For modern applications of electro-encephalography, including brain computer interfaces and single-trial Event Related Potential detection, it is becoming increasingly important that artifacts are accurately removed from a recorded electro-encephalogram (EEG) without affecting the part of the EEG that reflects cerebral activity. Ocular artifacts are caused by movement of the eyes and the eyelids. They occur frequently in the raw EEG and are often the most prominent artifacts in EEG recordings. Their accurate removal is therefore an important procedure in nearly all electro-encephalographic research. As a result of this, a considerable number of ocular artifact correction methods have been introduced over the past decades. A selection of these methods, which contains some of the most frequently used correction methods, is given in Section 1.5. When two different correction methods are applied to the same raw EEG, this usually results in two different corrected EEGs. A measure for the accuracy of correction should indicate how well each of these corrected EEGs recovers the part of the raw EEG that truly reflects cerebral activity. The fact that this accuracy cannot be determined directly from a raw EEG is intrinsic to the need for artifact removal. If, based on a raw EEG, it would be possible to derive an exact reference on what the corrected EEG should be, then there would not be any need for adequate artifact correction methods. Estimating the accuracy of correction methods is mostly done either by using models to simulate EEGs and artifacts, or by manipulating the experimental data in such a way that the effects of artifacts to the raw EEG can be isolated. In this thesis, modeling of EEG and artifact is used to validate correction methods based on simulated data. A new correction method is introduced which, unlike all existing methods, uses a camera to monitor eye(lid) movements as a basis for ocular artifact correction. The simulated data is used to estimate the accuracy of this new correction method and to compare it against the estimated accuracy of existing correction methods. The results of this comparison suggest that the new method significantly increases correction accuracy compared to the other methods. Next, an experiment is performed, based on which the accuracy of correction can be estimated on raw EEGs. Results on this experimental data comply very well with the results on the simulated data. It is therefore concluded that using a camera during EEG recordings provides valuable extra information that can be used in the process of ocular artifact correction. In Chapter 2, a model is introduced that assists in estimating the accuracy of eye movement artifacts for simulated EEG recordings. This model simulates EEG and eye movement artifacts simultaneously. For this, the model uses a realistic representation of the head, multiple dipoles to model cerebral and ocular electrical activity, and the boundary element method to calculate changes in electrical potential at different positions on the scalp. With the model, it is possible to simulate different data sets as if they are recorded using different electrode configurations. Signal to noise ratios are used to assess the accuracy of these six correction methods for various electrode configurations before and after applying six different correction methods. Results show that out of the six methods, second order blind identification, SOBI, and multiple linear regression, MLR, correct most accurately overall as they achieve the highest rise in signal to noise ratio. The occurrence of ocular artifacts is linked to changes in eyeball orientation. In Chapter 2 an eye tracker is used to record pupil position, which is closely linked to eyeball orientation. The pupil position information is used in the model to simulate eye movements. Recognizing the potential benefit of using an eye tracker not only for simulations, but also for correction, Chapter 3 introduces an eye movement artifact correction method that exploits the pupil position information that is provided by an eye tracker. Other correction methods use the electrooculogram (EOG) and/or the EEG to estimate ocular artifacts. Because both the EEG and the EOG recordings are susceptive to cerebral activity as well as to ocular activity, these other methods are at risk of overcorrecting the raw EEG. Pupil position information provides a reference that is linked to the ocular artifact in the EEG but that cannot be affected by cerebral activity, and as a result the new correction method avoids having to solve traditionally problematic issues like forward/backward propagation and evaluating the accuracy of component extraction. By using both simulated and experimental data, it is determined how pupil position influences the raw EEG and it is found that this relation is linear or quadratic. A Kalman filter is used for tuning of the parameters that specify the relation. On simulated data, the new method performs very well, resulting in an SNR after correction of over 10 dB for various patterns of eye movements. When compared to the three methods that performed best in the evaluation of Chapter 2, only the SOBI method which performed best in that evaluation shows similar results for some of the eye movement patterns. However, a serious limitation of the correction method is its inability to correct blink artifacts. In order to increase the variety of applications for which the new method can be used, the new correction should be improved in a way that enables it to correct the raw EEG for blinking artifacts. Chapter 4 deals with implementing such improvements based on the idea that a more advanced eye-tracker should be able to detect both the pupil position and the eyelid position. The improved eye tracker-based ocular artifact correction method is named EYE. Driven by some practical limitations regarding the eye tracking device currently available to us, an alternative way to estimate eyelid position is suggested, based on an EOG recorded above one eye. The EYE method can be used with both the eye tracker information or with the EOG substitute. On simulated data, accuracy of the EYE method is estimated using the EOGbased eyelid reference. This accuracy is again compared against the six other correction methods. Two different SNR-based measures of accuracy are proposed. One of these quantifies the correction of the entire simulated data set and the other focuses on those segments containing simulated blinking artifacts. After applying EYE, an average SNR of at least 9 dB for both these measures is achieved. This implies that the power of the corrected signal is at least eight times the power of the remaining noise. The simulated data sets contain a wide range of eye movements and blink frequencies. For almost all of these data sets, 16 out of 20, the correction results for EYE are better than for any of the other evaluated correction method. On experimental data, the EYE method appears to adequately correct for ocular artifacts as well. As the detection of eyelid position from the EOG is in principle inferior to the detection of eyelid position with the use of an eye tracker, these results should also be considered as an indicator of even higher accuracies that could be obtained with a more advanced eye tracker. Considering the simplicity of the MLR method, this method also performs remarkably well, which may explain why EOG-based regression is still often used for correction. In Chapter 5, the simulation model of Chapter 2 is put aside and, alternatively, experimentally recorded data is manipulated in a way that correction inaccuracies can be highlighted. Correction accuracies of eight correction methods, including EYE, are estimated based on data that are recorded during stop-signal tasks. In the analysis of these tasks it is essential that ocular artifacts are adequately removed because the task-related ERPs, are located mostly at frontal electrode positions and are low-amplitude. These data are corrected and subsequently evaluated. For the eight methods, the overall ranking of estimated accuracy in Figure 5.3, corresponds very well with the correction accuracy of these methods on simulated data as was found in Chapter 4. In a single-trial correction comparison, results suggest that the EYE corrected EEG, is not susceptible to overcorrection, whereas the other corrected EEGs are.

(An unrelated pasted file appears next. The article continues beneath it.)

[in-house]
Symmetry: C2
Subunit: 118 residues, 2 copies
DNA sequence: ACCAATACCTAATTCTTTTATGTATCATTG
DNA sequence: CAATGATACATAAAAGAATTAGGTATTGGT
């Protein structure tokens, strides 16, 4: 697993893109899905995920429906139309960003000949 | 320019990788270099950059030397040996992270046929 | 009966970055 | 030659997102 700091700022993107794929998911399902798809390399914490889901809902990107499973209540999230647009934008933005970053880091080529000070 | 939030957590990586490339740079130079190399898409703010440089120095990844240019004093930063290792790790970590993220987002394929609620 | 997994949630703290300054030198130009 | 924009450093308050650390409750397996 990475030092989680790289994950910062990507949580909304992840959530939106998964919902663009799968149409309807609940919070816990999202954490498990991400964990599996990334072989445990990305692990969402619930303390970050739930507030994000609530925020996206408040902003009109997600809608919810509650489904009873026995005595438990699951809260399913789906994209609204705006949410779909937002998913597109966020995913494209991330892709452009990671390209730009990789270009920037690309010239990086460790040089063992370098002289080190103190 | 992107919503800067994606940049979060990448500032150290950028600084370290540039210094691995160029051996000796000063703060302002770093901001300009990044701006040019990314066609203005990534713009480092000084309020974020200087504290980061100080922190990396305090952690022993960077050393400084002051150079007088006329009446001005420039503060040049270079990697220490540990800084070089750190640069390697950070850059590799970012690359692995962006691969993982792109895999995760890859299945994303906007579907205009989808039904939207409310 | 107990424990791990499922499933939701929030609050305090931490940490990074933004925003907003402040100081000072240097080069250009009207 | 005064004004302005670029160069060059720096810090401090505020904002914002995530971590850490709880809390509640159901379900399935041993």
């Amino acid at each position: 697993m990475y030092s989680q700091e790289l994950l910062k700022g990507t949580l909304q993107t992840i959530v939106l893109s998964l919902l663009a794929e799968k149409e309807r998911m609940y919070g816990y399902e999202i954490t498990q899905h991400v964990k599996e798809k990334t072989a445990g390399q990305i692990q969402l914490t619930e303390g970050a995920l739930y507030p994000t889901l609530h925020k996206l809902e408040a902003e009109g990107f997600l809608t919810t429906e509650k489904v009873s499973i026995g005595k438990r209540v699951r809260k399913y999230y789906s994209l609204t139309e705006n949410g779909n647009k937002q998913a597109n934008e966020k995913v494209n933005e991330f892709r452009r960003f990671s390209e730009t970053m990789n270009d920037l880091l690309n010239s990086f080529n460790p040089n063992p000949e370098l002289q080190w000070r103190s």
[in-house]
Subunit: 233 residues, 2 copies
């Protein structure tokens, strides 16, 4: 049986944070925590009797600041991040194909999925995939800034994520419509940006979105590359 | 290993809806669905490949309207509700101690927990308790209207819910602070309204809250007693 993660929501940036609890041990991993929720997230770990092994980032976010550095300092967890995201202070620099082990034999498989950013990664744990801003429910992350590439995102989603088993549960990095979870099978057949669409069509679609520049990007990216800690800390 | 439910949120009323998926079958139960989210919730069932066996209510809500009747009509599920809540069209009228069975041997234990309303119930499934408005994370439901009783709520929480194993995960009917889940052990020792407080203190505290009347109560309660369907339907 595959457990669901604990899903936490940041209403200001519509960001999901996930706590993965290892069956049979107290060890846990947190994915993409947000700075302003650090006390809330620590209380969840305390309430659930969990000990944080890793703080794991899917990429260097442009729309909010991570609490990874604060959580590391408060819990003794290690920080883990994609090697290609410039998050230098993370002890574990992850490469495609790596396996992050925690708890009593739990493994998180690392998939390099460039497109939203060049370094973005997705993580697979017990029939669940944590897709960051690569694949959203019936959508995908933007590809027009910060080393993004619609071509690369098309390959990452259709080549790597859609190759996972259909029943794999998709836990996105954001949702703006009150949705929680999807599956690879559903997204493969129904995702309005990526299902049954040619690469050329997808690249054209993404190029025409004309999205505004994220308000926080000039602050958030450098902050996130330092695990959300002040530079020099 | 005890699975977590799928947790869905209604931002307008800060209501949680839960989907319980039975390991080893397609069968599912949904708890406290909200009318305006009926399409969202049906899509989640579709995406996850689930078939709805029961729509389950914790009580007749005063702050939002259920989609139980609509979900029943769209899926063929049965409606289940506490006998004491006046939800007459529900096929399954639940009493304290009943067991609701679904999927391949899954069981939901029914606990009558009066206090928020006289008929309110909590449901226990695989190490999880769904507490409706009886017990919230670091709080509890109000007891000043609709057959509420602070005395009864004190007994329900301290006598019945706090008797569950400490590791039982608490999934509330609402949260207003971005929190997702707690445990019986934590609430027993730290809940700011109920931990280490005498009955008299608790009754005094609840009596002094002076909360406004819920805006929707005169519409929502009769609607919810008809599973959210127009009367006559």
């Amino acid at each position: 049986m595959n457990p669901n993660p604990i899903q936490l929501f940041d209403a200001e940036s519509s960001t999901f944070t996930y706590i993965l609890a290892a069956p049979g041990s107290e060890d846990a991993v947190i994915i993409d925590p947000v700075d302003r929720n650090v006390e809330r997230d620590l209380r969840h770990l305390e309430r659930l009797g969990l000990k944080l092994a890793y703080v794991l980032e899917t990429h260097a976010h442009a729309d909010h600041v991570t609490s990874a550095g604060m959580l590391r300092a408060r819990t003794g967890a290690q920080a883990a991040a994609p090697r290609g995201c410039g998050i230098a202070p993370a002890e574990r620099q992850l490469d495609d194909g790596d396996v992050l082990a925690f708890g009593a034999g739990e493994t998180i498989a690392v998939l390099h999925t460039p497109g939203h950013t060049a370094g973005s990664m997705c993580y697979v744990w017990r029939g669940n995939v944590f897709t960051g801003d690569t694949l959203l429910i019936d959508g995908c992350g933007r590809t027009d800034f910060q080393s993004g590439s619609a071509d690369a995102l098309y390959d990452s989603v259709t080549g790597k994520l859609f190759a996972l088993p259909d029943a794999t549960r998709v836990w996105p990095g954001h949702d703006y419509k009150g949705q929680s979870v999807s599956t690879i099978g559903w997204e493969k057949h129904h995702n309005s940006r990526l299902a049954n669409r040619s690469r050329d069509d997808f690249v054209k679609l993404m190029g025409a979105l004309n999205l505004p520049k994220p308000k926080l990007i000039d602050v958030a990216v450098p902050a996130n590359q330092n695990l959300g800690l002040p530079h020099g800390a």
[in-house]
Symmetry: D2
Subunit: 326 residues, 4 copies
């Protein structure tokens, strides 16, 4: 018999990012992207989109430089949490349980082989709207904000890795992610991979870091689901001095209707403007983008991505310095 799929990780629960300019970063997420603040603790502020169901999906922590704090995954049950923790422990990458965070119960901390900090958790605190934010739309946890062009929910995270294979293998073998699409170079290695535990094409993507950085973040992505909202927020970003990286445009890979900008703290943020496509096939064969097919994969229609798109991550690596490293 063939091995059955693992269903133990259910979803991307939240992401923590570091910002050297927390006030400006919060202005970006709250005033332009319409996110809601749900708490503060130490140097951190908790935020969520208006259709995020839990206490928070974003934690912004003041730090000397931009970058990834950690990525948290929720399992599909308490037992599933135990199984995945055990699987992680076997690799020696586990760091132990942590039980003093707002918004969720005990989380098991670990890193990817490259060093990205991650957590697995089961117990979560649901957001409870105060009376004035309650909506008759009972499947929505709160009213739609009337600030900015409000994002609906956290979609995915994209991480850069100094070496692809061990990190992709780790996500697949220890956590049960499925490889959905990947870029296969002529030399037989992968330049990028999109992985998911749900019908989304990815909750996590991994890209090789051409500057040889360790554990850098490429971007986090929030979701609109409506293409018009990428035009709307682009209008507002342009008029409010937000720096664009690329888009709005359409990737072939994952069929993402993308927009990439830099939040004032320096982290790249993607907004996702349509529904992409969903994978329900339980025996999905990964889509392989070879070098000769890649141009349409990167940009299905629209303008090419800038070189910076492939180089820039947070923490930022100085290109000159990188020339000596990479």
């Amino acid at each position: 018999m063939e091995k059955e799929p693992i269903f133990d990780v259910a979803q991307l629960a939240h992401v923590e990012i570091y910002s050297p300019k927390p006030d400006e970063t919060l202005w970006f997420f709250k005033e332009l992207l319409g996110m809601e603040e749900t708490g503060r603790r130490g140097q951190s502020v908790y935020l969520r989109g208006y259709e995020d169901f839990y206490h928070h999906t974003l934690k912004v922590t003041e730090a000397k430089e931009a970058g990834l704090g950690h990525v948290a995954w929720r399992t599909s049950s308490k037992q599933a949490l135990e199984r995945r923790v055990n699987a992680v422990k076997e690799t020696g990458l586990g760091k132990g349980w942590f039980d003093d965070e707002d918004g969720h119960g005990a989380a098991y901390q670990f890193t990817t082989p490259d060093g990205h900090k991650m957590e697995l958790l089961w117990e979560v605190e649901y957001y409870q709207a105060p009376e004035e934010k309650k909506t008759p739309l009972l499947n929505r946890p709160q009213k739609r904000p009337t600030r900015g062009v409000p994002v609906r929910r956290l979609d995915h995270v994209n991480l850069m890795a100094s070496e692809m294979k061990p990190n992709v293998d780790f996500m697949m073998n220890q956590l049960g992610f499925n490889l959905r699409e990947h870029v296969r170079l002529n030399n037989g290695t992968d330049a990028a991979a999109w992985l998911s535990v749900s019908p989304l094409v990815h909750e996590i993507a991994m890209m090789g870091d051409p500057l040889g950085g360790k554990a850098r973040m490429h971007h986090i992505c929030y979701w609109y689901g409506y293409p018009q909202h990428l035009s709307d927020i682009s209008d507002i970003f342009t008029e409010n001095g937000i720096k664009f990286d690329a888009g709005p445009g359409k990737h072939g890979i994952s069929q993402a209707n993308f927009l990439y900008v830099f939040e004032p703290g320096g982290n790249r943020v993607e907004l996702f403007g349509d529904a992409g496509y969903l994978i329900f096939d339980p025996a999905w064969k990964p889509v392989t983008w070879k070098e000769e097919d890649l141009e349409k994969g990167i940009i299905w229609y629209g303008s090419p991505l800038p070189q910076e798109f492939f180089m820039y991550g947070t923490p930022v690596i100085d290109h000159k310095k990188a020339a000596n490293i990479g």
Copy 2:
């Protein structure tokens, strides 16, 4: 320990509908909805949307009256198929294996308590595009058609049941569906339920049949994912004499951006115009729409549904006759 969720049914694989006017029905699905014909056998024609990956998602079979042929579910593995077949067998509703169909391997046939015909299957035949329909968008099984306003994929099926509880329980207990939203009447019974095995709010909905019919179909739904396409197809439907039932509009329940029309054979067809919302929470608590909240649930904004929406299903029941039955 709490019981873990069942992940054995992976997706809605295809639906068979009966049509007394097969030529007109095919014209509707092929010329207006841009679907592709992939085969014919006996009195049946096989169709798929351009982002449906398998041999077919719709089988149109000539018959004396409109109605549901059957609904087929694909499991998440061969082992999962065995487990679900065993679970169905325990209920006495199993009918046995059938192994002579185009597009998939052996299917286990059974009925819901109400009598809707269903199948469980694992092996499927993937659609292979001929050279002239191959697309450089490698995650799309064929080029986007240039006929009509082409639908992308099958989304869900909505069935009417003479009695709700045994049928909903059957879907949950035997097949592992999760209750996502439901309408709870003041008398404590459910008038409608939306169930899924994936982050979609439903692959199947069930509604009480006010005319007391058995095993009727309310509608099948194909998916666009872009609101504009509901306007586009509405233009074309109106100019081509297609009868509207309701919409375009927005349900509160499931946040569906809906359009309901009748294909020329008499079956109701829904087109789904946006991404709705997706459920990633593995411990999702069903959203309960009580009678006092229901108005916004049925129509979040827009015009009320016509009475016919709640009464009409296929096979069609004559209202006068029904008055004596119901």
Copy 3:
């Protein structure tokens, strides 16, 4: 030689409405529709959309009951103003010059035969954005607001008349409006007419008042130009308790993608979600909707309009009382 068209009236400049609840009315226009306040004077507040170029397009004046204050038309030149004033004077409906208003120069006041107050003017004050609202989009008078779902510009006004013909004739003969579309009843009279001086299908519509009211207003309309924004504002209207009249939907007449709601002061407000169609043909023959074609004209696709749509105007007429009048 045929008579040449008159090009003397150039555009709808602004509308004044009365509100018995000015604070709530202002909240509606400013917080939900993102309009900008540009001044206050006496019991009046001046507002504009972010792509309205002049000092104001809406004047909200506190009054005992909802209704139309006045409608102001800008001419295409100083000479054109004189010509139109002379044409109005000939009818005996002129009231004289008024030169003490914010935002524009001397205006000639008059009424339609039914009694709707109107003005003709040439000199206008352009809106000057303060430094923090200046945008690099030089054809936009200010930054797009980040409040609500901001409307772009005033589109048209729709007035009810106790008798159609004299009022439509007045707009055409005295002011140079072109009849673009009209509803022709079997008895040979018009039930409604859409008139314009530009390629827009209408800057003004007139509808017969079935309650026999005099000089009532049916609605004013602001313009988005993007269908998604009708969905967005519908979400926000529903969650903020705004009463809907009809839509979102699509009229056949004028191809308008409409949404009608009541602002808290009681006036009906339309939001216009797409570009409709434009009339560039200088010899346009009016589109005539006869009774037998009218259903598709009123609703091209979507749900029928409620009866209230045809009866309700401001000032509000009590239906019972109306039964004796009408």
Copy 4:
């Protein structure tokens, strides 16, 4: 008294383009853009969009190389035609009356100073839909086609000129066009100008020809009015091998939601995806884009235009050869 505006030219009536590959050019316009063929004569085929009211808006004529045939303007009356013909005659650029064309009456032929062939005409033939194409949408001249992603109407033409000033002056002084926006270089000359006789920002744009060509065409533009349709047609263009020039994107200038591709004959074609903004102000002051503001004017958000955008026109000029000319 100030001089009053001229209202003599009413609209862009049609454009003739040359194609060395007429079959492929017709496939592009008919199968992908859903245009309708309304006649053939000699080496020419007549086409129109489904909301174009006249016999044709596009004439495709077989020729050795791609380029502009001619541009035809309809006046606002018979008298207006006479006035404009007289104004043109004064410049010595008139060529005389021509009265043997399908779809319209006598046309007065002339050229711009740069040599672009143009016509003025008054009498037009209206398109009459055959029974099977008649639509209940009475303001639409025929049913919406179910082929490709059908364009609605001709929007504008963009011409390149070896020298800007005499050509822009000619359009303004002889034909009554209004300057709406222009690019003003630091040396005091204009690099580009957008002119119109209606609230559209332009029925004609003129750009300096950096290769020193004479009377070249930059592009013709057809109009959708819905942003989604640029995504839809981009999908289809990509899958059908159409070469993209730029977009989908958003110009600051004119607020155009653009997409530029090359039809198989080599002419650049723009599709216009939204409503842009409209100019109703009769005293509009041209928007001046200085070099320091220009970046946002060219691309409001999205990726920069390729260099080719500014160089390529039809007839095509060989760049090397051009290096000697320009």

|Qualification||Doctor of Philosophy|
|Award date||12 Nov 2007|
|Place of Publication||Eindhoven|
|Publication status||Published - 2007|